Very Few Black Women Lead School Districts. These Superintendents Are Using the Power of Sisterhood to Change That

Illustration of a Black woman with a headline that reads leading with excellenceEd Trust and the School Superintendents Association (AASA) co-hosted the event, called “Black Women Superintendents Are Leading With Excellence,” that highlighted research on the experiences of Black women superintendents and the need to increase the share of Black women in the educator pipeline and in the upper ranks.

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Developing a High-Quality and Diverse Principal Pipeline

Principal and student sitting in a school office A good principal raises student outcomes, cultivates accepting communities, closes academic gaps that separate students of color from their peers, and ensures classrooms are staffed with strong teachers from diverse backgrounds. It is more important than ever that schools have exceptional leaders at the helm.

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5 Things State and District Leaders Can Do to Advance Strong and Diverse School Leadership

School leaders really matter. School leaders play a fundamental role in recruiting and supporting strong educators, driving rigorous instruction, creating school cultures that are inclusive and inviting, and working toward positive academic outcomes.

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Rethinking Layoff Policies to Protect Teacher Diversity

two teachers in a classroom

The “national teacher shortage” has dominated news headlines for months, with states and districts investing resources toward ensuring vacancies are filled. Many are using this opportunity to address long-standing shortages of teachers of color by investing in strategies to increase the diversity of the education workforce.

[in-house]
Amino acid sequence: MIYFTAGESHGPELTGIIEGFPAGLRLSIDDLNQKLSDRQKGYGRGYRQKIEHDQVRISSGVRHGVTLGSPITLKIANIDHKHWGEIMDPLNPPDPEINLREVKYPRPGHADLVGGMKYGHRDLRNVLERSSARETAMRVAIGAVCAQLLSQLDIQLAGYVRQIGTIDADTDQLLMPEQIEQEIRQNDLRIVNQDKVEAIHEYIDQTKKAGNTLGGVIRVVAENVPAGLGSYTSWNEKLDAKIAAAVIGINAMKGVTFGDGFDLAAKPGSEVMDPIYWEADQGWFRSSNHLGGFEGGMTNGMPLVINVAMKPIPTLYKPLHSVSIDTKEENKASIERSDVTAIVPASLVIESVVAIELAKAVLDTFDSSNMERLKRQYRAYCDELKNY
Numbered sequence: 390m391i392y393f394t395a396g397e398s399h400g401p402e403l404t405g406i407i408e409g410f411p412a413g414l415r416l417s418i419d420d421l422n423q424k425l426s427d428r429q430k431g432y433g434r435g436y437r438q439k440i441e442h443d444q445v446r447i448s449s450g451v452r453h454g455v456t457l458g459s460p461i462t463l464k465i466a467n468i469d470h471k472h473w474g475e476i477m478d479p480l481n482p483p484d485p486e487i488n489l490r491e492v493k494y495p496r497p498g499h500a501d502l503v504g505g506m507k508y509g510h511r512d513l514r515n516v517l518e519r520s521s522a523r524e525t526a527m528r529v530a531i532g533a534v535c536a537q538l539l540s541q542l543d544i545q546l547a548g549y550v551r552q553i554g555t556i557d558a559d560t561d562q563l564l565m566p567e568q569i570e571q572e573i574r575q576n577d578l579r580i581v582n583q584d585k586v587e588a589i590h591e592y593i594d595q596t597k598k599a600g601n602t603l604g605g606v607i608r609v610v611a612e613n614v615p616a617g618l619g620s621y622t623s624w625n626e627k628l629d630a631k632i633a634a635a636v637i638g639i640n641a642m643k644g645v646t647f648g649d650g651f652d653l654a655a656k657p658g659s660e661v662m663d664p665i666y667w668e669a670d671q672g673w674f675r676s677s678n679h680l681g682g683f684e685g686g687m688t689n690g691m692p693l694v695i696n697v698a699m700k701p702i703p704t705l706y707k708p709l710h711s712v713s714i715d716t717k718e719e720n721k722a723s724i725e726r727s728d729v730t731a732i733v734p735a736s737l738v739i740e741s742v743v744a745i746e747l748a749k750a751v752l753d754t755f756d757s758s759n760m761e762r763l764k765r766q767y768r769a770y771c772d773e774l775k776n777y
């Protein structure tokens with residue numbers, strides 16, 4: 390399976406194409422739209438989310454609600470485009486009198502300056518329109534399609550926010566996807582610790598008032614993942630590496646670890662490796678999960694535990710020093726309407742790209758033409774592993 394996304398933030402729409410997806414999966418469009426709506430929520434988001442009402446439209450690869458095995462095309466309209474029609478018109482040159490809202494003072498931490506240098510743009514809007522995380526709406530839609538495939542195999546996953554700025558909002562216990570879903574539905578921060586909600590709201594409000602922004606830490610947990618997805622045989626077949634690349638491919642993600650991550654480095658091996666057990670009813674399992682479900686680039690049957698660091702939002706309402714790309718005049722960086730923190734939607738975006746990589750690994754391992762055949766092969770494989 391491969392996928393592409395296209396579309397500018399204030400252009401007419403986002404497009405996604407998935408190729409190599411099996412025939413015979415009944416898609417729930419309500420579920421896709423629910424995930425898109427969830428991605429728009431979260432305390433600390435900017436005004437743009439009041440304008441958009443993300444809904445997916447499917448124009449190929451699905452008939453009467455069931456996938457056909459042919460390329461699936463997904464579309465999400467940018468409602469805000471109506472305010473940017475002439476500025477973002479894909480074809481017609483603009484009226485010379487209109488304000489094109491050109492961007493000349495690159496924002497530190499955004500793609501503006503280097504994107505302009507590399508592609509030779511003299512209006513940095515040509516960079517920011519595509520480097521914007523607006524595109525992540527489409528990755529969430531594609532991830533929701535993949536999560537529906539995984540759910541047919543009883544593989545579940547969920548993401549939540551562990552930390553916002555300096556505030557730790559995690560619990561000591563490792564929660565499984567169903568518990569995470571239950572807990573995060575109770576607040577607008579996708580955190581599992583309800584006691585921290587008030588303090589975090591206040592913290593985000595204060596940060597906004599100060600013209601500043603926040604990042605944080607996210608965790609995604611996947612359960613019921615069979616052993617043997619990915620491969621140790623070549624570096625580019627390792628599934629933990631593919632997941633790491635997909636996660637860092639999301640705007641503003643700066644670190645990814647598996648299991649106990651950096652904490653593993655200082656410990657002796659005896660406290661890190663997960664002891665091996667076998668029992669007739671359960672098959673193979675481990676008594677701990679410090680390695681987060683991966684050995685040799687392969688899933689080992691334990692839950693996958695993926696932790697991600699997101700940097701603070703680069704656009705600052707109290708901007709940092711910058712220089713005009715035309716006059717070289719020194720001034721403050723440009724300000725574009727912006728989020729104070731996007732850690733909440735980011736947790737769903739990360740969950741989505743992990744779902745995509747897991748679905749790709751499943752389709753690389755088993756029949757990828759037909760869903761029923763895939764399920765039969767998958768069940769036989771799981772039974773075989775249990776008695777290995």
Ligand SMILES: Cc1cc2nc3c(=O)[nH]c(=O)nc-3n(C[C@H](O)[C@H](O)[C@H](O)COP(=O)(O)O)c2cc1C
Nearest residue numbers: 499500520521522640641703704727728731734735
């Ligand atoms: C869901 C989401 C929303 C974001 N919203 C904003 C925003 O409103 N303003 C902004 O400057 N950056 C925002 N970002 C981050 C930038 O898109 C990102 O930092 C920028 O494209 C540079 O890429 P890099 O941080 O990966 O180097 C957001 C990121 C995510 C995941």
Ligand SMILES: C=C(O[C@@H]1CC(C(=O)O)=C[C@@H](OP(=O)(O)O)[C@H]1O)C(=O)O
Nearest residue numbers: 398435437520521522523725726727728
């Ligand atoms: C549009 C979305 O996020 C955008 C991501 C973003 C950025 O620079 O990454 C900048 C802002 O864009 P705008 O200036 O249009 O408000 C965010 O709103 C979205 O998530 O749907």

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Is Your State Prioritizing Teacher Diversity and Equity?

A teacher in front of a classroomAccess to a racially and culturally diverse teacher workforce is beneficial for all P-12 students, particularly for students of color, who often thrive in classrooms led by teachers who share their racial and cultural background.

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Educators of Color Make the Case for Teacher Diversity

African American male teacher helps African American male student on assignment

Research shows that all students, regardless of race or ethnicity, benefit socially, emotionally, and academically from a diverse teacher workforce. Yet, teachers of color are more likely to experience burnout and leave the profession at higher rates than their White peers.

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California Educator Diversity Road Map Briefs

Teacher of color assisting two girl students of color in a classroomThese briefs focus on empowering state leaders, local educational agencies, and educators with actionable insights and strategies informed by parents, students, and educators across California for recruiting and retaining the #TeachersWeNeed.

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“Faculty diversity and a sense of belonging are key components of student success, and studies demonstrate that overall graduation rates for students of color are positively affected by it.”

Source: American Council on Education, “The Importance of College Presidents Encouraging the Hiring of Diverse Candidates.”  American College President Study (ACPS) 2017.

Faculty Diversity

According to EdTrust’s research, all college students benefit from having diverse faculty. Black and Latino students are going to college in greater numbers and they are more likely to graduate when they have faculty who look like them and can serve as positive mentors and role models. White students who interact with faculty members from diverse backgrounds are more likely to develop deeper cross-cultural and critical-thinking skills and greater levels of empathy, which are essential for success in today’s multicultural world.